As for Republicans who argue he can't be replaced at this juncture: grow up. The military is based on the idea that anyone might have to be replaced on a moment's notice. If McChrystal had died in the middle of giving an order, his second-in-command would be expected to step up and finish it. It's true everywhere, but nowhere more so than in the military: no one is indispensable.

It's a shame, though. No one gets to be a four star just because he's a master schmoozer; McChrystal had to be good, especially to make that rank with some of the blemishes he has on his record. So we lost a good warrior today, but we can't say we lost a good soldier, or he wouldn't have been in that situation to begin with.

Thursday, June 10, 2010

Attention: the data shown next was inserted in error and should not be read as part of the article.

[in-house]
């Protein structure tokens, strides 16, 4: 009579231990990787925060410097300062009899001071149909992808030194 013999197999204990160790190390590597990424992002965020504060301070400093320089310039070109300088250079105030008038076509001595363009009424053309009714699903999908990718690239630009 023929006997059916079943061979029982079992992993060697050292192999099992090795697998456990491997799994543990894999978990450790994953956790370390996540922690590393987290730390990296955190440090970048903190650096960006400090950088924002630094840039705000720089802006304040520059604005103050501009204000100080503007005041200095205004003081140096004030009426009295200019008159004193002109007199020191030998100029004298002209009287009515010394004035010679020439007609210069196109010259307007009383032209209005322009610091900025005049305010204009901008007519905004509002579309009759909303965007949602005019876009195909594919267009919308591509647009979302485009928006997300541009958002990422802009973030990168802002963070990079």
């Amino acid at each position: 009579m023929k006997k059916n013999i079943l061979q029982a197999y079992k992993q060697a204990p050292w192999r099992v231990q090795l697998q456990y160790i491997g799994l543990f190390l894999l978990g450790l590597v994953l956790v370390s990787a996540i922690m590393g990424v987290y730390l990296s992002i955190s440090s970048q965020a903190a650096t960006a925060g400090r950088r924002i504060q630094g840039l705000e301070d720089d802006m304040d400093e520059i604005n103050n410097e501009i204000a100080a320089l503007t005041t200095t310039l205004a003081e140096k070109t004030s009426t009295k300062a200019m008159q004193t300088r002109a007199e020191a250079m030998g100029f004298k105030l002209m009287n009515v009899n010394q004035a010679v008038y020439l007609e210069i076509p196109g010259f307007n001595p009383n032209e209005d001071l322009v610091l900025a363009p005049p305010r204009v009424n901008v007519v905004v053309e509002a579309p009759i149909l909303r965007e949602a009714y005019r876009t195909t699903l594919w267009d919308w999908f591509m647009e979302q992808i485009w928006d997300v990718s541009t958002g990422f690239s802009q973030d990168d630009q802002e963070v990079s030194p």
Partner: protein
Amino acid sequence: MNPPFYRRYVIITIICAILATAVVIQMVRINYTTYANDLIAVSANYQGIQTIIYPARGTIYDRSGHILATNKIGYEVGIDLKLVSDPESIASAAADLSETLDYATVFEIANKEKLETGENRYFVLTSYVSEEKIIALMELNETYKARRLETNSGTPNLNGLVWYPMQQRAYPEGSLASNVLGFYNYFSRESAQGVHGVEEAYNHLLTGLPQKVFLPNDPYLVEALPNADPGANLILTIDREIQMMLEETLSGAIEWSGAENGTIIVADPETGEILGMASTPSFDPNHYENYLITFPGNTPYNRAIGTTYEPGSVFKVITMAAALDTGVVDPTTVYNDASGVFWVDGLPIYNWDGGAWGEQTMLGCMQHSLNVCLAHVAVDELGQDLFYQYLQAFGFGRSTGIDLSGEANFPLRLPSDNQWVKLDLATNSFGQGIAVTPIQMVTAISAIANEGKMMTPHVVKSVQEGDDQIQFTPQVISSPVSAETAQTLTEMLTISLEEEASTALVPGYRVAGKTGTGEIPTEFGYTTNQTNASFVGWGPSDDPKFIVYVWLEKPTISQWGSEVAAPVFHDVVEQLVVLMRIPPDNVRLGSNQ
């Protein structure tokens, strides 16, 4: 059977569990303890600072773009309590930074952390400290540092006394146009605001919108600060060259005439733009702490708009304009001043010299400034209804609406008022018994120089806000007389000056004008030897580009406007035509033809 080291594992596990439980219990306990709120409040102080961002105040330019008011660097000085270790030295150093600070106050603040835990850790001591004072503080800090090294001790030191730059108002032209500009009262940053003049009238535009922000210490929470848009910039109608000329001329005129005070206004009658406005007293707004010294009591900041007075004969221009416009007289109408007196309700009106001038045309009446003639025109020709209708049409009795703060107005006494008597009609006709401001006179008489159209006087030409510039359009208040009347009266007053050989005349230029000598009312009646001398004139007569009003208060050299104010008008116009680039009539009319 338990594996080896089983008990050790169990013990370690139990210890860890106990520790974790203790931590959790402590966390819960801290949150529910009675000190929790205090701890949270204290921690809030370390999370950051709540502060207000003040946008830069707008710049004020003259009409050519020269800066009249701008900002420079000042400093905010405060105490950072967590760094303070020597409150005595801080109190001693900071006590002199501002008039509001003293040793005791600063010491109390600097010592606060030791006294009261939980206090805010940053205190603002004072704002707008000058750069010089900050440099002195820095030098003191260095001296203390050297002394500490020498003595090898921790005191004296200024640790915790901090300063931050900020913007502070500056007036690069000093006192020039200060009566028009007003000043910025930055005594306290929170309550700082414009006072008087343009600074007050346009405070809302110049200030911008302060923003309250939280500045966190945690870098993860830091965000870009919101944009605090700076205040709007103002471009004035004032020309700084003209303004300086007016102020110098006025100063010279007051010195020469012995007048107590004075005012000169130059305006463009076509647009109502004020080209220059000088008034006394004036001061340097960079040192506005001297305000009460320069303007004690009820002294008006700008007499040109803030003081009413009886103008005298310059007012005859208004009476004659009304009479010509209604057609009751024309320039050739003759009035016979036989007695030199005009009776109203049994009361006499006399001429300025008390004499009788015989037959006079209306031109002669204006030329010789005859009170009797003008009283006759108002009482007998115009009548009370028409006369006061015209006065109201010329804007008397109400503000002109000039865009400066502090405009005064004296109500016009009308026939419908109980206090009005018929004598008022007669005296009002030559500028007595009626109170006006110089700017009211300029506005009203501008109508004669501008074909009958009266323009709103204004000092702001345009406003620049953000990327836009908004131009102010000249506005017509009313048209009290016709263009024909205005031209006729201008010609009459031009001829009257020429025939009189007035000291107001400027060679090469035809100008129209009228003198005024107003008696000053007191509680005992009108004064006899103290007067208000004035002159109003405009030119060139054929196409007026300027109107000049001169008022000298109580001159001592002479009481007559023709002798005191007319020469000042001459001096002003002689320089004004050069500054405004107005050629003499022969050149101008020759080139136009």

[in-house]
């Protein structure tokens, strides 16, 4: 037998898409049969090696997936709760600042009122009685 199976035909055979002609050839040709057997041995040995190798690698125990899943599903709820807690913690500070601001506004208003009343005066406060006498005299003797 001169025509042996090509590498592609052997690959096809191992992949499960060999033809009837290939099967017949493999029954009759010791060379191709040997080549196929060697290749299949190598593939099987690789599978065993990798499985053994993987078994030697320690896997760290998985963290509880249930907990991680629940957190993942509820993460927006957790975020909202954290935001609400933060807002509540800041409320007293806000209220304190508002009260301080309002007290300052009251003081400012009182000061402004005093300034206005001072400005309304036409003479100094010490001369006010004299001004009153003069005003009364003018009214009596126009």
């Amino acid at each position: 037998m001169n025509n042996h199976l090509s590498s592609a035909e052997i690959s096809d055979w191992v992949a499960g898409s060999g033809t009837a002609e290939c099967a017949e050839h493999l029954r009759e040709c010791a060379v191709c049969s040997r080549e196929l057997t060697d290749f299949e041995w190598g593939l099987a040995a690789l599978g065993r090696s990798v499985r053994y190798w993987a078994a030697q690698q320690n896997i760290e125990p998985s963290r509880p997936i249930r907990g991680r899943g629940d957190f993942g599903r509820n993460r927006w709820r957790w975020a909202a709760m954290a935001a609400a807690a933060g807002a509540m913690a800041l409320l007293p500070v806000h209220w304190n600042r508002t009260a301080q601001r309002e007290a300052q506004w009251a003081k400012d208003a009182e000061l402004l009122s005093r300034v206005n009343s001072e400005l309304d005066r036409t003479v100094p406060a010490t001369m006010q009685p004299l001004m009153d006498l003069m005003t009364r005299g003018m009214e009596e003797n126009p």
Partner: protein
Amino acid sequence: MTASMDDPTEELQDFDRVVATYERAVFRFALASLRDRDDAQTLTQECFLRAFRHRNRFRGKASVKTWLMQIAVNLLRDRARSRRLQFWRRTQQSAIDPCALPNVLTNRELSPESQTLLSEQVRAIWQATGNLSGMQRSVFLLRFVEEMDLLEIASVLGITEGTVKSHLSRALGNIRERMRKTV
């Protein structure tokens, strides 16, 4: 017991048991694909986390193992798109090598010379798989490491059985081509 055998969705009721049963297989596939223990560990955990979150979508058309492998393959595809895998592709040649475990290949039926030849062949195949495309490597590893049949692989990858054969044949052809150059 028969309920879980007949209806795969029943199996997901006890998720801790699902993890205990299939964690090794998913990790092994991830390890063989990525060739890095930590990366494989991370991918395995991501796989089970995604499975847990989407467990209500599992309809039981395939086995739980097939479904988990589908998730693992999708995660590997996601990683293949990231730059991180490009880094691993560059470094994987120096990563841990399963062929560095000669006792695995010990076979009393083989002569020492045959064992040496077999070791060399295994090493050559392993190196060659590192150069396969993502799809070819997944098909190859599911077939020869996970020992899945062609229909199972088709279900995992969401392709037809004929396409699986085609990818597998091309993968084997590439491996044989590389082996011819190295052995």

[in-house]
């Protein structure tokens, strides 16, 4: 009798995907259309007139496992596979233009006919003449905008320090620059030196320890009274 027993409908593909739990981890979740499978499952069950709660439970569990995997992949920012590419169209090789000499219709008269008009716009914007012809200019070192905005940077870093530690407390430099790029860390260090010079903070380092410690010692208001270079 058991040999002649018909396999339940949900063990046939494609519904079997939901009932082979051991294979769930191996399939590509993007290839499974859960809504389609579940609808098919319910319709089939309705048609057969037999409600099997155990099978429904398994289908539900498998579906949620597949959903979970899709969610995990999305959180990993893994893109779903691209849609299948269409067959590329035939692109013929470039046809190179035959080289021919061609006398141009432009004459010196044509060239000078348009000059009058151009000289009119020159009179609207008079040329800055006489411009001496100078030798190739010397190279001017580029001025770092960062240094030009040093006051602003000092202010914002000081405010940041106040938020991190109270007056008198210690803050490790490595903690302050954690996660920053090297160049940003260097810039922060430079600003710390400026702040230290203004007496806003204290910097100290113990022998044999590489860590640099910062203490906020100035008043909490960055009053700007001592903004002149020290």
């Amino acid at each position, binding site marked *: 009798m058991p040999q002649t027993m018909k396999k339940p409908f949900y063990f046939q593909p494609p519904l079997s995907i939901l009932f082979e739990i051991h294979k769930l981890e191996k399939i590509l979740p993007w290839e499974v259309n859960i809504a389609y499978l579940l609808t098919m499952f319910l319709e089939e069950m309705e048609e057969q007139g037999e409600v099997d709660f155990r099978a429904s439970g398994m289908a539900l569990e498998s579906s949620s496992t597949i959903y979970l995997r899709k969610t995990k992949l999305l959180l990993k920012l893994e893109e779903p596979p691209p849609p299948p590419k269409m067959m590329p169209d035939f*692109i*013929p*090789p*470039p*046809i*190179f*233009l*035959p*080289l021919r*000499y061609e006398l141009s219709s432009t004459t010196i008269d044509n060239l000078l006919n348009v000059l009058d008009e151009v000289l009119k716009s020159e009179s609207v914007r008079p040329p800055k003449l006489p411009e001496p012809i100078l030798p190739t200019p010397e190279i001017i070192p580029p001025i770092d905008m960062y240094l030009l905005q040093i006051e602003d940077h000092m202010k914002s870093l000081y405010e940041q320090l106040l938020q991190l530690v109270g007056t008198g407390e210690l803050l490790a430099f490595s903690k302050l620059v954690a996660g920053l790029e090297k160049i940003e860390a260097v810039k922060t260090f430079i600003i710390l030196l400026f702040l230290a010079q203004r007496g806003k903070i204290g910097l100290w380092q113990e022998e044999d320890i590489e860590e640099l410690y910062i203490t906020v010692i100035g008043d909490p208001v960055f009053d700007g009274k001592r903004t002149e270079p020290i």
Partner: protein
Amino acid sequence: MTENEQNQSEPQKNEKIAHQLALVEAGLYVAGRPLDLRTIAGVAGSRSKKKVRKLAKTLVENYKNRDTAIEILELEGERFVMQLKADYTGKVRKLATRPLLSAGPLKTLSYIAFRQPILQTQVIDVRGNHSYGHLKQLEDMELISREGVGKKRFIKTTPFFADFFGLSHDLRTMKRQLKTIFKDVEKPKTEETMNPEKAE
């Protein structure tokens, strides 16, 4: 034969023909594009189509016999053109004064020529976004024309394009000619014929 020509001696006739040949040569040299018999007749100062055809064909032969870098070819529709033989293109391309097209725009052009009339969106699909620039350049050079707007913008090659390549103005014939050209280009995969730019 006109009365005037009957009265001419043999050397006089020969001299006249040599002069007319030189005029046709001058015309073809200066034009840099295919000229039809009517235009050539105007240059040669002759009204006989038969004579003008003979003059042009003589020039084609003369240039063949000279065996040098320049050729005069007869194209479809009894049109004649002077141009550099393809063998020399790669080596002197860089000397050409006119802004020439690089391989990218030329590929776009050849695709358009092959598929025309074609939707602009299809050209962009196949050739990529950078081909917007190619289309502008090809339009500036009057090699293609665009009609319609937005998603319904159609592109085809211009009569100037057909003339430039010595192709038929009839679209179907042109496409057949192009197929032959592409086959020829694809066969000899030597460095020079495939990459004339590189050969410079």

Another MBA Sighting

General Motors finally means business about turning the company around; employees have been requested no longer to refer to the Chevrolet Division as “Chevy.”

“We’d ask that whether you’re talking to a dealer, reviewing dealer advertising, or speaking with friends and family, that you communicate our brand as Chevrolet moving forward,” said the memo, which was signed by Alan Batey, vice president for Chevrolet sales and service, and Jim Campbell, the G.M. division’s vice president for marketing.

“When you look at the most recognized brands throughout the world, such as Coke or Apple for instance, one of the things they all focus on is the consistency of their branding,” the memo said. “Why is this consistency so important? The more consistent a brand becomes, the more prominent and recognizable it is with the consumer.”